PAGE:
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Cambridge Analytica files for bankruptcy

Jasmine Andersson May 18, 2018

Posters depicting Cambridge Analytica's CEO Alexander Nix behind bars, with the slogan "Our Data Not His. Go Straight To Jail" are pictured at the entrance of the company's offices in central London on March 20, 2018.

The company at the centre one of the biggest data breach scandals of all time has filed for bankruptcy.

Cambridge Analytica closed for business in the US on Thursday night, filing a voluntary Chapter 7 bankruptcy in the Southern District of New York.

The filings note an estimated number of creditors between 1-49, estimated assets of $100,001 to $500,000 and estimated liabilities of $1,000,001 to $10 million, reports CNN News.

The company said that although it had “unwavering confidence that its employees have acted ethically and lawfully,” “the siege of media coverage” had driven away its customers and suppliers, reported Bloomberg.

“As a result, it has been determined that it is no longer viable to continue operating the business, which left Cambridge Analytica with no realistic alternative to placing the Company into administration,” a statement from the company reads.

Cambridge Analytica whistleblower Christopher Wylie (Jack Taylor/Getty)

The scandal, which was brought to light by former Cambridge Analytica employee Chris Wylie and Leave campaigner Shahmir Sanni, saw the company manipulate users’ personal data to influence voting habits.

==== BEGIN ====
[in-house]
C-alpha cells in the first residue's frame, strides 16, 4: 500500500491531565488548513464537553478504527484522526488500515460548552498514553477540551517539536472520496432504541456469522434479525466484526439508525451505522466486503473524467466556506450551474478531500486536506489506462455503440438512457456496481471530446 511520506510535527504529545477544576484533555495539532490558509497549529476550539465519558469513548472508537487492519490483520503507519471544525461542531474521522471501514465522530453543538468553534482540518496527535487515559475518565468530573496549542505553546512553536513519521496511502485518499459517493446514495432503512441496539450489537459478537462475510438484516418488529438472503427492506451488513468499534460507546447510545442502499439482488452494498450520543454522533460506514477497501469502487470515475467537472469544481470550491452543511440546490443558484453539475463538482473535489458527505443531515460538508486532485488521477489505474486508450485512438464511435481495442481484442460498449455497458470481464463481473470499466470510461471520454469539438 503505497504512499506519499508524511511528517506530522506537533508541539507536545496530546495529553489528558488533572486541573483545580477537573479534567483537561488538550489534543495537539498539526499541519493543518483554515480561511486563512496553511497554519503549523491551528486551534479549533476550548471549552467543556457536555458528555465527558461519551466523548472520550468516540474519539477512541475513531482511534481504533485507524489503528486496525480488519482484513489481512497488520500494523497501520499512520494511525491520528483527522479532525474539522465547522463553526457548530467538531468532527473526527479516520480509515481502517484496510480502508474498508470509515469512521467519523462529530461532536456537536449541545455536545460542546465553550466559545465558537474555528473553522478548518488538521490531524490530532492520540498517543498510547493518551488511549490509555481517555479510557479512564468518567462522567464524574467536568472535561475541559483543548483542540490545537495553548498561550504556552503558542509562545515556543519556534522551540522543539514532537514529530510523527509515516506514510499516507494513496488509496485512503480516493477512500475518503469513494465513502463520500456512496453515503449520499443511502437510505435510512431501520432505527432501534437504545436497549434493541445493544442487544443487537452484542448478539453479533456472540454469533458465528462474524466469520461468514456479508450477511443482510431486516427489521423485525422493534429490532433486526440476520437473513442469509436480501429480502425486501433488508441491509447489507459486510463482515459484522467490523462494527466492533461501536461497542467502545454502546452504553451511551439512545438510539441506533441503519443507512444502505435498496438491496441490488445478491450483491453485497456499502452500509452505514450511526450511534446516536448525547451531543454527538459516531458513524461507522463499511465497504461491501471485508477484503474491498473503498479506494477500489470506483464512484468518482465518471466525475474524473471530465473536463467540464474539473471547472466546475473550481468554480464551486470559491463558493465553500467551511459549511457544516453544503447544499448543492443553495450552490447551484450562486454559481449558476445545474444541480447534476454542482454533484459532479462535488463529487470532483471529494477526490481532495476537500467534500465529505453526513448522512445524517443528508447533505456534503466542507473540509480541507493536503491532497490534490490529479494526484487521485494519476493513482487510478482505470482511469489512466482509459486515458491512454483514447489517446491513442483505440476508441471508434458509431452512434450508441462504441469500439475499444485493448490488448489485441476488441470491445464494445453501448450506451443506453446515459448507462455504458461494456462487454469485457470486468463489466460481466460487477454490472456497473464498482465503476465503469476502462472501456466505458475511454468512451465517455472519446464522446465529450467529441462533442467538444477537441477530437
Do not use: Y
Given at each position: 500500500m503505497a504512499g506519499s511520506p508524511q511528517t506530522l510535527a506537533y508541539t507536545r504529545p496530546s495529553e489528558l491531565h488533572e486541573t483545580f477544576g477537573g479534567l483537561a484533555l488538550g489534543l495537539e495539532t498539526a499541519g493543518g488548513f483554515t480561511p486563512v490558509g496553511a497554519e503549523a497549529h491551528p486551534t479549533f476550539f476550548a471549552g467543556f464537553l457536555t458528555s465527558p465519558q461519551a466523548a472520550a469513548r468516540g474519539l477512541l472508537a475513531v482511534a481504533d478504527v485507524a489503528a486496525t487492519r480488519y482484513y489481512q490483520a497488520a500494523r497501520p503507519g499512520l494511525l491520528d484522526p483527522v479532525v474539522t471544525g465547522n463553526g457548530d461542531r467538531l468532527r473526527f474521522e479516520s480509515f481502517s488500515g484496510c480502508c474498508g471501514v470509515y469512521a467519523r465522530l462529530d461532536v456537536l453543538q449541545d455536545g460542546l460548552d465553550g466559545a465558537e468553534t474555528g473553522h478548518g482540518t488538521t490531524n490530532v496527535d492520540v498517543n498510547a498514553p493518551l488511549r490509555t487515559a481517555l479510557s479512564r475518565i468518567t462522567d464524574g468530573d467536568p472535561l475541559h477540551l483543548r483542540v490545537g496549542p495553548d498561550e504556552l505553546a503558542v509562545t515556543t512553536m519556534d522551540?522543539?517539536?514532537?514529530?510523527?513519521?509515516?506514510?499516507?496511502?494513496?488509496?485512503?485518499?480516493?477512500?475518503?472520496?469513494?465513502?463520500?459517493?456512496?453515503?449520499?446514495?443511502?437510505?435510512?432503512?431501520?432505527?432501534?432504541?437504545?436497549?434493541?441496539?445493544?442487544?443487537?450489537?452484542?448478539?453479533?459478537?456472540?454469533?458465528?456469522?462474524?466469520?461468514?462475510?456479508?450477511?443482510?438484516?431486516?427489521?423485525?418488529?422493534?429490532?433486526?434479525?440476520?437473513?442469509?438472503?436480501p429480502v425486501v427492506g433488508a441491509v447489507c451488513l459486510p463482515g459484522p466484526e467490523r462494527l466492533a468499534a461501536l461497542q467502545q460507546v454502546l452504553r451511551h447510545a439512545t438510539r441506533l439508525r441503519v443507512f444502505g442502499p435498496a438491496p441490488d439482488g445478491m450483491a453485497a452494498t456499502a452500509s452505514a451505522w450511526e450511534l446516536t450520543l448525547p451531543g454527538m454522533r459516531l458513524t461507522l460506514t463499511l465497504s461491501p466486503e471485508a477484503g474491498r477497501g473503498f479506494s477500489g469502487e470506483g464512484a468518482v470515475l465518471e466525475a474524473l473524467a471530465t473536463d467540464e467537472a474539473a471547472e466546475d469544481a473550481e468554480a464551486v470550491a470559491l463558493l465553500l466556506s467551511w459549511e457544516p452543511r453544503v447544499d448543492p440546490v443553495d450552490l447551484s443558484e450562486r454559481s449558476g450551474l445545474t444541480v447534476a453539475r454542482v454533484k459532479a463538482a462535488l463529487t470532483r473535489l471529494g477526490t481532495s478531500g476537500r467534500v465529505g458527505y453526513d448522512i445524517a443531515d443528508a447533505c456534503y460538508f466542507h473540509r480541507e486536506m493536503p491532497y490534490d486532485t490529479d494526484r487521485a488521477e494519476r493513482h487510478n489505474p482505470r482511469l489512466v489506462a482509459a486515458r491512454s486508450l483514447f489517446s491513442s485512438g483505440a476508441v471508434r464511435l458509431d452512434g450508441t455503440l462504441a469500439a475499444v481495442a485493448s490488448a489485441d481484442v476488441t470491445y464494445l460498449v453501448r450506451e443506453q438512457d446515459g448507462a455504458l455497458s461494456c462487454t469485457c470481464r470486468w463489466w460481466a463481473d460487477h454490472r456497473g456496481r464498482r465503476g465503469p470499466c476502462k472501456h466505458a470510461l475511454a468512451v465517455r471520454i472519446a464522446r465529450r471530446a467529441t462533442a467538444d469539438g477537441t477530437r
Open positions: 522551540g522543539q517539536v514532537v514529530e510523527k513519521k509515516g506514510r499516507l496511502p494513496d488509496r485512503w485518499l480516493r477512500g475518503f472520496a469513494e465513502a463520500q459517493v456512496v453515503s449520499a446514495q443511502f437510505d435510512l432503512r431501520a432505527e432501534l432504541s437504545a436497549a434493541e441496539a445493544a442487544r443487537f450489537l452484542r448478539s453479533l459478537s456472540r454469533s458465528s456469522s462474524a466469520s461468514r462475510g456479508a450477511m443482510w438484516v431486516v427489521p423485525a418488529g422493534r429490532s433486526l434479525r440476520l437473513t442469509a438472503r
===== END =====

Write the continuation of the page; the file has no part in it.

CEO of the organisation Alexander Nix was also filmed on camera boasting that the group had influenced elections in Africa and North America.

The UK government’s response to the scandal has been heavily criticised after Prime Minister Theresa May’s political aide outed Sanni in a government statement.

The day after Stephen Parkinson revealed news that he had been in a sexual relationship with Sanni, the whistleblower said that “he knew I wasn’t out to my mum.”

“It was f**king s**t. I came out to my mum the day before yesterday,” Sanni said in a panel at The Frontline Club before breaking down in tears.

Shahmir Sanni comforted by fellow whistleblower Christopher Wylie during an event at the Frontline Club (TOLGA AKMEN/AFP/Getty)

He added, “I hate talking about it, because I get…” before briefly becoming too distraught to continue speaking.

Fighting back tears, Sanni continued: “He knew… he knew that I wasn’t out to my mum.”

On being outed, Sanni told The Guardian: “I’ve actually tried not to think about it. Because every time I do, it sends me into a spiral of anxiety and upset.”

“I really wouldn’t want anyone else to go through this. It’s been a trauma, that’s all I can call it,” he added.

(Linkedin/Shahmir Sanni)

Now, Sanni has said that he will be taking legal action against the government.

He also told the publication that he currently has £60 in his bank account.

“I was asked on Friday what my advice would be to other potential whistleblowers, and I said, ‘Honestly. Don’t do it.’ I have been stripped of everything.”

More: cambridge analytica, chris wylie, Shahmir Sanni

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